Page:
Downside of Mumbai? The maddening, stress-inducing traffic, the sheer number of people everywhere, the myriad, inhumane shanty towns and the ubiquitous poverty, the high level of air pollution in some areas, Some visitors found the city to be dirty; even stinking. Truthfully, this is totally contrary to what I saw and felt, and am quite surprised that some perceived Mumbai thus. Cannot help but wonder which city areas they were mainly moving around in…..

I could live in Mumbai. I could thrive in Mumbai. I think cities like Mumbai invigorate you and keep you really alive. I am sure there are negative societal issues at play too, for the residents that a visitor generally does not experience or perceive. For instance, are Muslims discriminated against in subtle, not so obvious ways? Is there class exploitation? What about utilities? Do Mumbaites face water, gas, electricity shortage? Is crime or drugs or alcoholism a real problem?

I don’t have ready answers to these questions. Every big city, anywhere in the world has its problems and its challenges. But from what I saw, (and I do believe my innate ability at seeing beyond the obvious is remarkable) it would appear that Mumbai does not seem to be burdened with any overwhelming social tribulations that would make everyday life miserable for the average citizen. Politics and religion, the 2 most divisive issues in any society, seem to have little significance in Mumbai society. Peacefully coexisting are Hindus, Buddhists, Jains, Christians, Parsis and Muslims, with minority sects like Ismailis and Bohris in fairly large numbers. Work hard and play hard is the spirit of the city, and while the people may be more businesslike in their interaction than say the residents of laid-back Hyderabad, there is great tolerance and harmony in the cosmopolitan society of this Indian city by the ocean.

Chance meeting on an earlier visit, with Mushtaq Chhapra of TCF at Mumbai international airport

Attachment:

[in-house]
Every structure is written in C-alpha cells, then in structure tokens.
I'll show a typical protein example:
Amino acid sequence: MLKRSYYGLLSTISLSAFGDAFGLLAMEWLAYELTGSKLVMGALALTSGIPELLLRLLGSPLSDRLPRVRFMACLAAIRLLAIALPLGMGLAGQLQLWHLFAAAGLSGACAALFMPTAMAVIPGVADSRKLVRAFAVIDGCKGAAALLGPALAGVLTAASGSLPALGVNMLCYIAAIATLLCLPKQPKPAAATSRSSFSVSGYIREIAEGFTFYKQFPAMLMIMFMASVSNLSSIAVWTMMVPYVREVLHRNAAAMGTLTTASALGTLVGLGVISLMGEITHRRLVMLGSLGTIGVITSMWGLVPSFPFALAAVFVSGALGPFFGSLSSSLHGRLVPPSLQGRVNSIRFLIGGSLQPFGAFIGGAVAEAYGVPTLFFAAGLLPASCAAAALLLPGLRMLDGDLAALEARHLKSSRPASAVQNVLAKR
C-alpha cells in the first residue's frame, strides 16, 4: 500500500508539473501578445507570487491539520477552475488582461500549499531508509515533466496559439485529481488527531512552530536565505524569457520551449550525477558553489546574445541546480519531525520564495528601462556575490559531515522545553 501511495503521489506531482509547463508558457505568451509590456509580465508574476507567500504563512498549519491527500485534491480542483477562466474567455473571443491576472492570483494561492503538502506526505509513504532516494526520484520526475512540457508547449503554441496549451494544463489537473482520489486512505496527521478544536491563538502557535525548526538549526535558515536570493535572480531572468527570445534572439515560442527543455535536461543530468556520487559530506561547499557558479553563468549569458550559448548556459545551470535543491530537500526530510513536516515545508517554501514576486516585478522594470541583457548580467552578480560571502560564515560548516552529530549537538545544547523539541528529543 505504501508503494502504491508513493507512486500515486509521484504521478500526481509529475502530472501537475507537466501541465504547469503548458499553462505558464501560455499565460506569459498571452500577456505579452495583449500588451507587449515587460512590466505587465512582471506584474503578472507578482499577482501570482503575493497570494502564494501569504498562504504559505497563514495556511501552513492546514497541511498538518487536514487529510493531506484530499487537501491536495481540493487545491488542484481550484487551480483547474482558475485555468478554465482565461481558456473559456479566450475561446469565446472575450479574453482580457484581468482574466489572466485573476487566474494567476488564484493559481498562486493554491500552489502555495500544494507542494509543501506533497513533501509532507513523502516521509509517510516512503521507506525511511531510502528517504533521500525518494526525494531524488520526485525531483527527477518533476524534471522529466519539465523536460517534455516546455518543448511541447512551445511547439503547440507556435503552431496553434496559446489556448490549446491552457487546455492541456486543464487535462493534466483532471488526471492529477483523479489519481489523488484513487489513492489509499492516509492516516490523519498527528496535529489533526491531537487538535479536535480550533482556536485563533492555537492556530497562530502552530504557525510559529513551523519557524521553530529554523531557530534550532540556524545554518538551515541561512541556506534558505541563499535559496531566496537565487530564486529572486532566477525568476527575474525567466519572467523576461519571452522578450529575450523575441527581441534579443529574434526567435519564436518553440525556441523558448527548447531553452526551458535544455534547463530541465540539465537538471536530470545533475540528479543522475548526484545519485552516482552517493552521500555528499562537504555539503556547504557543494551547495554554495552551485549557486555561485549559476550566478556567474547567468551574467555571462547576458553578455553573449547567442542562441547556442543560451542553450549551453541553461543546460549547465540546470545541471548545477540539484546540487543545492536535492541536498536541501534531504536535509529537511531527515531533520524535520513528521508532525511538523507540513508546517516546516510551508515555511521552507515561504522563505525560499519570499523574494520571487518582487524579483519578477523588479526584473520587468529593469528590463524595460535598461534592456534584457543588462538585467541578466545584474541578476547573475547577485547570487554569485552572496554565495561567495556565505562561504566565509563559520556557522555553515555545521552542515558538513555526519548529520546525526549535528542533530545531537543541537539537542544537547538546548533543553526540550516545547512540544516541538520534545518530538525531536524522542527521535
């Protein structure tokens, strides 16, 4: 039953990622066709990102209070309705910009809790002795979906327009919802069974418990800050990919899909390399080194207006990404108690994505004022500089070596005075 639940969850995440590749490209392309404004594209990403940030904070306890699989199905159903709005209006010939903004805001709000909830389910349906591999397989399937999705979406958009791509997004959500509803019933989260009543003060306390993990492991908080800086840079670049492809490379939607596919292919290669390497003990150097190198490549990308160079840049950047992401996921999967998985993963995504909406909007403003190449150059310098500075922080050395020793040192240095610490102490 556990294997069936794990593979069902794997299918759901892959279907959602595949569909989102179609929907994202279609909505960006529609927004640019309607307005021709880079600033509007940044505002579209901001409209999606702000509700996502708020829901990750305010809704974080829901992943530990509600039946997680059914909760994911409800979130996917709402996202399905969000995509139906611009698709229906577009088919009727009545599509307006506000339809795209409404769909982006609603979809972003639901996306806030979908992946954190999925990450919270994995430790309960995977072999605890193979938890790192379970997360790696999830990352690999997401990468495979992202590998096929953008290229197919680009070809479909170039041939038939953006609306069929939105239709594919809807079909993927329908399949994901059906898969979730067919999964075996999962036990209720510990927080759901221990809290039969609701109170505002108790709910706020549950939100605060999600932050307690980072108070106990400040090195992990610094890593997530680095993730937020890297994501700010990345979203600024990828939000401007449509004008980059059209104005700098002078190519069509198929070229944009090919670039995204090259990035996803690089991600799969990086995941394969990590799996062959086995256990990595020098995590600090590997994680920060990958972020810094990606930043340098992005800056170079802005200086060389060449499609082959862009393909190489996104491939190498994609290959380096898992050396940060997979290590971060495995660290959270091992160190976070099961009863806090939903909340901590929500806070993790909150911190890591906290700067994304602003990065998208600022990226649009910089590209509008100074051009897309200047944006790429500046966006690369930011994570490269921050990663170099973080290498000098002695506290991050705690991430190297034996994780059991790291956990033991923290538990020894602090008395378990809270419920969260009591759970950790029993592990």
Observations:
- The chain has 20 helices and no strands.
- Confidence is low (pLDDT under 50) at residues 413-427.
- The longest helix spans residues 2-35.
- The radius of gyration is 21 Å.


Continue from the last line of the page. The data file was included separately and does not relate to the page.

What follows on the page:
Chance meeting on an earlier visit, with Mushtaq Chhapra of TCF at Mumbai international airport

5 Responses to Indian impressions

  1. Fahad Q says:

    Well written as always with very informative insight on a city that is generally perceived to be different. One always appreciates the modernization of cities and it is very unfortunate that we are still trying to spend hours looking for petrol, rather than doing something useful. Such a shame…

  2. Hunaid says:

    I am absolutely delighted to read your post – I think, if I had the ability to articulate as well as you do, I would have posted it ditto – and 25 years ago when I went to Bombay for the first time (since 1976 anyway) as my wife to be is from Bombay and grew up near Kemp’s Corner.

    You have hit the nail on the head; despite the very conservative elements in Bombay (I refuse to call it Mumbai except on postage labels), it is a progressive city. It has its issues like most metropolis. Congested as hell during the day, police corruption, etc. But, there is a vitality that is seen, especially at night.

    I have been to Bombay about 3-4 x as many times I have visited Karachi and look forward to each visit, especially to Willingdon Club, a 100-year old club founded by the Brits in the colonial days. Maybe, it comes from my parents who grew up there but I think it comes from connecting to a culture in a way that I find it difficult to connect with in Karachi. I feel no sadness about saying it. A trip to a place like Bombay is a stark reminder of what Karachi was like in the early 60s.
    Thank you for a wonderful post.

  3. Mariam says:

    only Pakistan has a problem with Muslims. So sad!
    I plan to visit India one day. Inshallah
    Very well written, Bob Bhai.

  4. Mustafa says:

    Excellent articulation of the experience…..Since I too was there with my family during the same period and therefore cannot agree more than what you have written above. Great read!

  5. Ram Mudambi says:

    Hi Zohare: A great read – you saw so much, well beyond the surface. I only hope that we can maintain the tolerance and harmony.